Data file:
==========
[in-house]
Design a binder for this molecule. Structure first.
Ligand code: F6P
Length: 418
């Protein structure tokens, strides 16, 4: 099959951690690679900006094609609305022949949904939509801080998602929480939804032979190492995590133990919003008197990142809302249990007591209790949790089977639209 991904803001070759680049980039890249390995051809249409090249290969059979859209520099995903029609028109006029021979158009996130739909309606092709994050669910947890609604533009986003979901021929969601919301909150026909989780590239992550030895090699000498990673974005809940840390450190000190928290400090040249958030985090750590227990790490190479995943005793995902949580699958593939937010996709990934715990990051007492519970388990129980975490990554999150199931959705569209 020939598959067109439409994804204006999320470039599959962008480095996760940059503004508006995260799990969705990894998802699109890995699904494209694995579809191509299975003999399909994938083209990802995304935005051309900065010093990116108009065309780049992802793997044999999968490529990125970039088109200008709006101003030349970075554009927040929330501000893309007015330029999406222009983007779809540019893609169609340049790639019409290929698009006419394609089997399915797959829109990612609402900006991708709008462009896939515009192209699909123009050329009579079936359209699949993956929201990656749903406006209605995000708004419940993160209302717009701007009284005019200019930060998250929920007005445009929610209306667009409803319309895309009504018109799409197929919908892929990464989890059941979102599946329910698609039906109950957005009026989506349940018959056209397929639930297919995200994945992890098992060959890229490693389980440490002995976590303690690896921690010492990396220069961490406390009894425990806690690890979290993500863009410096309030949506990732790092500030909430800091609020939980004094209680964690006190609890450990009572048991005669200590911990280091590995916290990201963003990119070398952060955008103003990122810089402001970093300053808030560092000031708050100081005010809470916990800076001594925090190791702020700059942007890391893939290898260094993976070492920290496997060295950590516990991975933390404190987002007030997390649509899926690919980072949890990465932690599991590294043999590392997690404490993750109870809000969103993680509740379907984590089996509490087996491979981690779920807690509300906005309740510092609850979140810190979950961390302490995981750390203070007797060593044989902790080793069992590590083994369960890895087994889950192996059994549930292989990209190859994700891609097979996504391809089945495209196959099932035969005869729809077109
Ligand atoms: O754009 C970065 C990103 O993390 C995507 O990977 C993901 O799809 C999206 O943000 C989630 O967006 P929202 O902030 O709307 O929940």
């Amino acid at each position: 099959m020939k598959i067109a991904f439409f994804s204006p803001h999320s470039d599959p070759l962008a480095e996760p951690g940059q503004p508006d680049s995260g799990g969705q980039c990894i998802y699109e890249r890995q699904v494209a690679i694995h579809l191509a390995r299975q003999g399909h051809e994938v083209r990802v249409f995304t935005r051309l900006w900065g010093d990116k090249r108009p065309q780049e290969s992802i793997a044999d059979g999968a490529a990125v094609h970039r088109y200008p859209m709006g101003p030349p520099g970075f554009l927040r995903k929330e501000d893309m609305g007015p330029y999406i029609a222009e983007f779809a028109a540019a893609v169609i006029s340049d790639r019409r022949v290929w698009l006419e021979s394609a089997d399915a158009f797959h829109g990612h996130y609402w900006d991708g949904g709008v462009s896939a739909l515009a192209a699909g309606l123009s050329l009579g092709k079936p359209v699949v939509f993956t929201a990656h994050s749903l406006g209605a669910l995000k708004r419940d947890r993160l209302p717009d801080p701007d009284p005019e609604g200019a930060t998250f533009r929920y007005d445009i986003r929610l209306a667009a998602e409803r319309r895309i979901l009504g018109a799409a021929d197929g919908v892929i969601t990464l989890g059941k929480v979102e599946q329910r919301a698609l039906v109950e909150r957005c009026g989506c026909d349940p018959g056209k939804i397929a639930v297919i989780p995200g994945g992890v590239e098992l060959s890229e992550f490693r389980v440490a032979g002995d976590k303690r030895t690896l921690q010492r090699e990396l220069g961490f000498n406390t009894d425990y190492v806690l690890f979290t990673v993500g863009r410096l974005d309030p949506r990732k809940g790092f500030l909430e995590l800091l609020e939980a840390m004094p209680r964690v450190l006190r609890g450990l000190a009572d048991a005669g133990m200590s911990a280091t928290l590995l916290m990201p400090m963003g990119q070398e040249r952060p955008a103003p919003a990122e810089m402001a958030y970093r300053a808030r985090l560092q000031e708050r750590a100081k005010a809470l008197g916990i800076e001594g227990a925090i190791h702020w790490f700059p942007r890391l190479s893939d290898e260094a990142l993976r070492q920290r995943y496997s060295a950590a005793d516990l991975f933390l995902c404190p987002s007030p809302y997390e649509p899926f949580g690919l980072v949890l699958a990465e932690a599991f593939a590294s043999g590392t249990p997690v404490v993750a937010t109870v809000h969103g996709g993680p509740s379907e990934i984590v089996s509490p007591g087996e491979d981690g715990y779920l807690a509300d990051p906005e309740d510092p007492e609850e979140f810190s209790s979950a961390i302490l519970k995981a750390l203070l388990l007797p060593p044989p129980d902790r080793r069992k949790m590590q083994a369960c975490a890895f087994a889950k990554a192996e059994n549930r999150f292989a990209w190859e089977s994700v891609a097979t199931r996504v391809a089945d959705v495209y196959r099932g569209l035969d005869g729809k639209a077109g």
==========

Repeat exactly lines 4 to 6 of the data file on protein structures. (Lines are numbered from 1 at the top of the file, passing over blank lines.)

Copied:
Length: 418
């Protein structure tokens, strides 16, 4: 099959951690690679900006094609609305022949949904939509801080998602929480939804032979190492995590133990919003008197990142809302249990007591209790949790089977639209 991904803001070759680049980039890249390995051809249409090249290969059979859209520099995903029609028109006029021979158009996130739909309606092709994050669910947890609604533009986003979901021929969601919301909150026909989780590239992550030895090699000498990673974005809940840390450190000190928290400090040249958030985090750590227990790490190479995943005793995902949580699958593939937010996709990934715990990051007492519970388990129980975490990554999150199931959705569209 020939598959067109439409994804204006999320470039599959962008480095996760940059503004508006995260799990969705990894998802699109890995699904494209694995579809191509299975003999399909994938083209990802995304935005051309900065010093990116108009065309780049992802793997044999999968490529990125970039088109200008709006101003030349970075554009927040929330501000893309007015330029999406222009983007779809540019893609169609340049790639019409290929698009006419394609089997399915797959829109990612609402900006991708709008462009896939515009192209699909123009050329009579079936359209699949993956929201990656749903406006209605995000708004419940993160209302717009701007009284005019200019930060998250929920007005445009929610209306667009409803319309895309009504018109799409197929919908892929990464989890059941979102599946329910698609039906109950957005009026989506349940018959056209397929639930297919995200994945992890098992060959890229490693389980440490002995976590303690690896921690010492990396220069961490406390009894425990806690690890979290993500863009410096309030949506990732790092500030909430800091609020939980004094209680964690006190609890450990009572048991005669200590911990280091590995916290990201963003990119070398952060955008103003990122810089402001970093300053808030560092000031708050100081005010809470916990800076001594925090190791702020700059942007890391893939290898260094993976070492920290496997060295950590516990991975933390404190987002007030997390649509899926690919980072949890990465932690599991590294043999590392997690404490993750109870809000969103993680509740379907984590089996509490087996491979981690779920807690509300906005309740510092609850979140810190979950961390302490995981750390203070007797060593044989902790080793069992590590083994369960890895087994889950192996059994549930292989990209190859994700891609097979996504391809089945495209196959099932035969005869729809077109
Ligand atoms: O754009 C970065 C990103 O993390 C995507 O990977 C993901 O799809 C999206 O943000 C989630 O967006 P929202 O902030 O709307 O929940």